Red blood cells need to bend, twist and turn so they can squeeze through narrow blood vessels and slide through your spleen. Red blood cells can fold down to one-third of the size of their surface. (Think of folding a soft shirt into small sections so it fits into an already-full suitcase.) The red cell membrane lets red blood cells keep their distinctive shape — a concave disk — but change shape as needed.
In hereditary spherocytosis, genetic mutations affect the red cell membrane proteins, breaking the connection between the cytoskeleton and the outer layer. The broken connection means the cytoskeleton can’t support the outer layer. As a result, red blood cells change from flexible disks to inflexible spherocytes.
Healthcare providers diagnose the condition by evaluating your symptoms, asking questions about your medical history and biological family medical history, and by doing several tests. This test may include:
Treatment varies depending on symptoms. For example, newborns who have severe anemia may receive blood transfusions and/or erythropoietin-stimulating agents (ESA) as soon as healthcare providers diagnose hereditary spherocytosis. ESA is a medication that encourages red blood cell production. Other potential treatments include:
If you have a biological family history of the condition, you may not be able to prevent it. But it’s important to remember you and/or your children won’t necessarily develop hereditary spherocytosis just because you have a biological family history of it.
For example, if you inherited a mutated gene from one of your biological parents, there’s a 50% chance you’ll have hereditary spherocytosis. If you inherited mutated genes from both parents, there’s a 25% chance you’ll have the condition. There’s also a 50% chance you’ll carry the gene but never have hereditary spherocytosis.
If you’re concerned about your biological family history, ask your/your child’s healthcare provider about hereditary spherocytosis tests. The results will show whether you or your child inherited mutated genes. That way, you’ll be able to know what to expect.
Your healthcare provider will explain what test results mean, including whether you or your child have mild, moderate or severe forms of hereditary spherocytosis. They may have enough information to tell what medical conditions you or your child may develop, including the conditions’ early signs and symptoms.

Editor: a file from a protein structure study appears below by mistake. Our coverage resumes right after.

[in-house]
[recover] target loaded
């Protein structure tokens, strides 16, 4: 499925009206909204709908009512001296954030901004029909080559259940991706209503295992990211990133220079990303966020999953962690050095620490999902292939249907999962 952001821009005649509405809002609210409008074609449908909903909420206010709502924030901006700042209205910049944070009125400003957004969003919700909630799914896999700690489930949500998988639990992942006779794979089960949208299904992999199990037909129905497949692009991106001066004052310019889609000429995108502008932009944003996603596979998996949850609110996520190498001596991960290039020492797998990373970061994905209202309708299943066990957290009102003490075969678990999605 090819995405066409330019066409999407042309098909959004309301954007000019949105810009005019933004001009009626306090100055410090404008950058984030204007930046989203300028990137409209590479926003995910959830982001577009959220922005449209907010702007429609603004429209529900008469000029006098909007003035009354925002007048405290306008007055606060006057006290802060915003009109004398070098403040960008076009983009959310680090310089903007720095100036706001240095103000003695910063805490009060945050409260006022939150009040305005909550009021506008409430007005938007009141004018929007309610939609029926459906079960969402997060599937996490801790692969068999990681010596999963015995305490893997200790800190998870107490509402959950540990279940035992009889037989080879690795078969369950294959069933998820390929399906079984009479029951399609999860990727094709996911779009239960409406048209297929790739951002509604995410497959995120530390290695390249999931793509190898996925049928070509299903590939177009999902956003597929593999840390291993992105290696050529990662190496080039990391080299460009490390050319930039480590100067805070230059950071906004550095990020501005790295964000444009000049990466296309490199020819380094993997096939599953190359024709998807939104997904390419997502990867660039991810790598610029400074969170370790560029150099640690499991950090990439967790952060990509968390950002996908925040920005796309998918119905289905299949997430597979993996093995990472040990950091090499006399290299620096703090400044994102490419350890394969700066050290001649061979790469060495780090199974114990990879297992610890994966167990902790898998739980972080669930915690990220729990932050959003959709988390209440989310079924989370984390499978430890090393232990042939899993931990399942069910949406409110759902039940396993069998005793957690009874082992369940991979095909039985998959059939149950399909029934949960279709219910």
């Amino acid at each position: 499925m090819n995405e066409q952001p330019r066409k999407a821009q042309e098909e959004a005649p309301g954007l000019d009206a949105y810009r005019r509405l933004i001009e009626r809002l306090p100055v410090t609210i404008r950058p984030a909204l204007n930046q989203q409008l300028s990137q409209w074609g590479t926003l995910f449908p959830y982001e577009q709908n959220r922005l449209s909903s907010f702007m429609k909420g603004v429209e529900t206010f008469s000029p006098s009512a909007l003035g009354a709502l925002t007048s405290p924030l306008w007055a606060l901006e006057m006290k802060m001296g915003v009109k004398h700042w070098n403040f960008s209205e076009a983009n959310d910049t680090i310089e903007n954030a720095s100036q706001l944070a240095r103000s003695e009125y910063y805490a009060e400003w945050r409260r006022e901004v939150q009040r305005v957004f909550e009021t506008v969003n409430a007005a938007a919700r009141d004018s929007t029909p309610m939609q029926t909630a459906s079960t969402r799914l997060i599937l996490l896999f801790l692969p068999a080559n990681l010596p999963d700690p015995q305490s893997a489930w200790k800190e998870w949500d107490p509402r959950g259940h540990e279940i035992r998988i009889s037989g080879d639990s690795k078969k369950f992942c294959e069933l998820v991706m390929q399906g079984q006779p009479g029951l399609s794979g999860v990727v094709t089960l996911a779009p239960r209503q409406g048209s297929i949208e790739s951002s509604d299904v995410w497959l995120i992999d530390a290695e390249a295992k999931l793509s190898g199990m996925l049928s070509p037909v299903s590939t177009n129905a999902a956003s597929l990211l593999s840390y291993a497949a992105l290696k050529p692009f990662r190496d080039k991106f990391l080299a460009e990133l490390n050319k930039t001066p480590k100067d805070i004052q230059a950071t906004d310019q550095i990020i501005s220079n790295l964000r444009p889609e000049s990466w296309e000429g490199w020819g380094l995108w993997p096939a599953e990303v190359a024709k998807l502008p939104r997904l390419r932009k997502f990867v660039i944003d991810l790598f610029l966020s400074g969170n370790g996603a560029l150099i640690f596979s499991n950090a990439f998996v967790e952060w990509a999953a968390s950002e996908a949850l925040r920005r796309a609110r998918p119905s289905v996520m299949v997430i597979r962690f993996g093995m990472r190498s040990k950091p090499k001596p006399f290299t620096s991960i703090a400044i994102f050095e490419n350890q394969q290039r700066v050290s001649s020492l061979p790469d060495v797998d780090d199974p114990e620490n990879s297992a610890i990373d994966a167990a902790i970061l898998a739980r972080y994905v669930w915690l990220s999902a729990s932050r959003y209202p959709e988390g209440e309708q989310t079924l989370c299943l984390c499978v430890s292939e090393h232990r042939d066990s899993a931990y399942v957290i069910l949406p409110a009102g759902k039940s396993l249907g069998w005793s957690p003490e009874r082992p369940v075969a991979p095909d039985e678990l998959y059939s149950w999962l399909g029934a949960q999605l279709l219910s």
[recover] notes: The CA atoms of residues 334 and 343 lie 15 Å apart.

Most people who have heredity spherocytosis have a good prognosis, or expected outcome. Everyone’s situation is different. Your or your child’s prognosis depends on factors such as what form of hereditary spherocytosis you have or your child has and what other medical conditions you or your child have or had, as well as your/your child’s overall health.
Children who have this condition will need regular follow-up visits so their healthcare providers can check on their overall health and look for any new signs or symptoms, including anemia or gallstones. If your child needed regular blood transfusions, healthcare providers may recommend your child be vaccinated against the hepatitis B virus. They may recommend steps you can take to protect your child from viral infections, particularly parvovirus B19, that can develop sudden and serious medical issues.
A note from Cleveland Clinic
Hereditary spherocytosis is a rare inherited disorder that requires lifelong medical care. Healthcare providers can treat the sometimes-serious medical conditions that hereditary spherocytosis causes. They can’t cure the blood disorder, though. It’s not always easy to have a chronic illness or care for someone who does. It may be harder still to live with an illness few people have or even know exists. If you have or your child has hereditary spherocytosis, you may feel overwhelmed, isolated and not sure where to turn for answers and support. Consider talking to your healthcare provider. They’re doing everything they can to help you and your child. They’ll be glad to answer your questions.
Last reviewed by a Cleveland Clinic medical professional on 05/19/2022.